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Getting lost in a good book

The wonderful thing about a good book is that you can get lost inside the world it has created, imagining your own new scenes once the book has ended. Having your own conversations with the wonderful characters.

Lately I’ve been doing a lot of this. In the difficult times I had earlier in the year I filled my time when I couldn’t write with books, films and tv series. There’s some brilliant books I’ve read this year and some amazing tv. I’ve blogged my reviews of the films I’ve gone to see as I’ve seen them but with the book reviews I said I’d do that hasn’t left any friday spaces for the other books and anything else I’ve enjoyed so I made a favourites shelf on my goodreads profile here.

Who knows, maybe all this input will inspire some cool new idea soon!

Finding Good Books to Read: How-To

This was a topic requested in my comments a while back. I said I’d do it so here it is.

Good books can come from all sorts of places so I thought I’d share some of the ways I find the next books for my to-read list.

The first way has to be recommendations. Books other people have read and raved about, old classics I was told about long ago and am only now getting around to reading and finally Amazon’s recommendations themselves.

When I first got back into reading lots only one source of these worked, the classics but I found as I read more and talked to others about what I was reading they started talking to me about similar books they’d read.

Another way I get good books to read is definitely Goodreads. It’s one of the best sites out there for a reader and it also keeps track of my massive to-read list as well as the books I’ve said I’d review for one reason or another. For that reason alone I’d recommend it but it’s also a great place to meet people with similar tastes, by joining genre groups or all sorts of other groups or following someone’s reviews who you’ve come to trust.

On top of all that Goodreads recommends books based on what you’re already told the site you’ve read and rated. It also helps you find books by the same author as you’ve already read and even get into contact with those authors too. Then there’s the giveaways. I’ve entered several and one won a paperback of a book I liked the look of recently. Plus all the review opportunities in the various groups. There’s always a thread somewhere with authors offering free ebooks in exchange for your honest review. It’s a great way to try new genres and new authors.

If Goodreads fails me (which is rare) there’s also a lot of facebook groups that try and connect authors and readers together to help them find each other and help them find books as well as many pages which share ebook links daily of their recommendations.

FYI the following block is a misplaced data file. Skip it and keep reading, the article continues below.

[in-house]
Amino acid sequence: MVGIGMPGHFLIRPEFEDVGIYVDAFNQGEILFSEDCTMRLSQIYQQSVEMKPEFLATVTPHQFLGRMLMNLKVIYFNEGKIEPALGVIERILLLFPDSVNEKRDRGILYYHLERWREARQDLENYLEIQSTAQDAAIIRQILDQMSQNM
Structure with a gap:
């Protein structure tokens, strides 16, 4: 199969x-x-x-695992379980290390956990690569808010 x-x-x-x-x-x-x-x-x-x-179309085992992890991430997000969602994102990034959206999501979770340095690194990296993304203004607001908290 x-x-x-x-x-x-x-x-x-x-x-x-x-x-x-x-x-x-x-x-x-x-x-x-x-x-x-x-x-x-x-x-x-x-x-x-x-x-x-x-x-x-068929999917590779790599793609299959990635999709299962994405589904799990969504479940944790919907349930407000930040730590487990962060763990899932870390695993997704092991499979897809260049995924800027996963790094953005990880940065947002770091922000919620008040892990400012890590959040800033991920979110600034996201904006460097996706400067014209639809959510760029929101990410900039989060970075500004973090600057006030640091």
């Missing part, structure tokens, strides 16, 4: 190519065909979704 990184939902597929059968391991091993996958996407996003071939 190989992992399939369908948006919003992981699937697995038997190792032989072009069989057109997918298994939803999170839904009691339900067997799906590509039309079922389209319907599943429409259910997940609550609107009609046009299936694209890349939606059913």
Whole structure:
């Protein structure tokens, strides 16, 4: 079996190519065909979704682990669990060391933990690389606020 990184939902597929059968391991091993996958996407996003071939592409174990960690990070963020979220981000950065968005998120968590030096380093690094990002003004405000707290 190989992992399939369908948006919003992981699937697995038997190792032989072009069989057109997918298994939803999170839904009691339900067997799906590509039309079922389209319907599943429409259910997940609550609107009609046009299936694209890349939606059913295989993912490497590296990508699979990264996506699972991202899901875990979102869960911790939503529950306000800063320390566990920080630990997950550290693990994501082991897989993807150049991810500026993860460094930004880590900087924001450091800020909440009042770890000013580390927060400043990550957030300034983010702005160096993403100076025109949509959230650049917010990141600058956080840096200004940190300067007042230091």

Finally, you can set up a review blog and let the books come to you. There aren’t enough good book bloggers out there to keep up with the demand caused by the currnet influx of authors so I pretty much guarantee anyone who starts one up and lets people know about it that plenty of books will come your way, to the point you’ll have to turn lots away.

I hope that helps with finding good books. I use a combination of all of the above and I don’t think I’ll ever get my to-read list to come below 100 books ever again.

Social Network Sites

I’ve been very distracted the last few weeks with creating and maintaining all the social network sites there are on the web.

Now I knew about twitter and facebook. I’ve been on both of those for years now but I do have a new facebook fanpage here

I’ve also set up author pages on amazon.com and amazon.co.uk

These are both great for many reasons. The most useful feature is the forums they both have. Forums are a great way to communicate with any fans and I’m looking forward to getting stuck in there. They also both show the Nielson rating for the books I have their as well as my Amazon ratings.

My favourite new websites though are Goodreads and Shelfari and I seriously encourage anyone that reads to go sign up at both of those.

Goodreads has all sorts of useful things including a very easy to use book review system, an ebookstore, quizes, author event trackers, Q &A sessions with authors and my personal favourite, book giveaways.

Shelfari seems to be the more social one of the two and includes a section for each book with all sorts of trivia and other fun things like that. Slightly more for the reader and a little less for the author but still fun nonetheless. It’s also a subsidiary of Amazon.com so it imports amazon’s book ratings to let you know what people thought of the books.

Through Shelfari I’ve manged to meet another indie film company similar to Flight and we are swapping advice and helping each other out etc so It’s done some good already.

I’m also looking into myspace but as I’m not so great with html that one is taking a bit longer.

If anyone knows of any other good social sites they like let me know. I absolutely love using them and getting to know new people.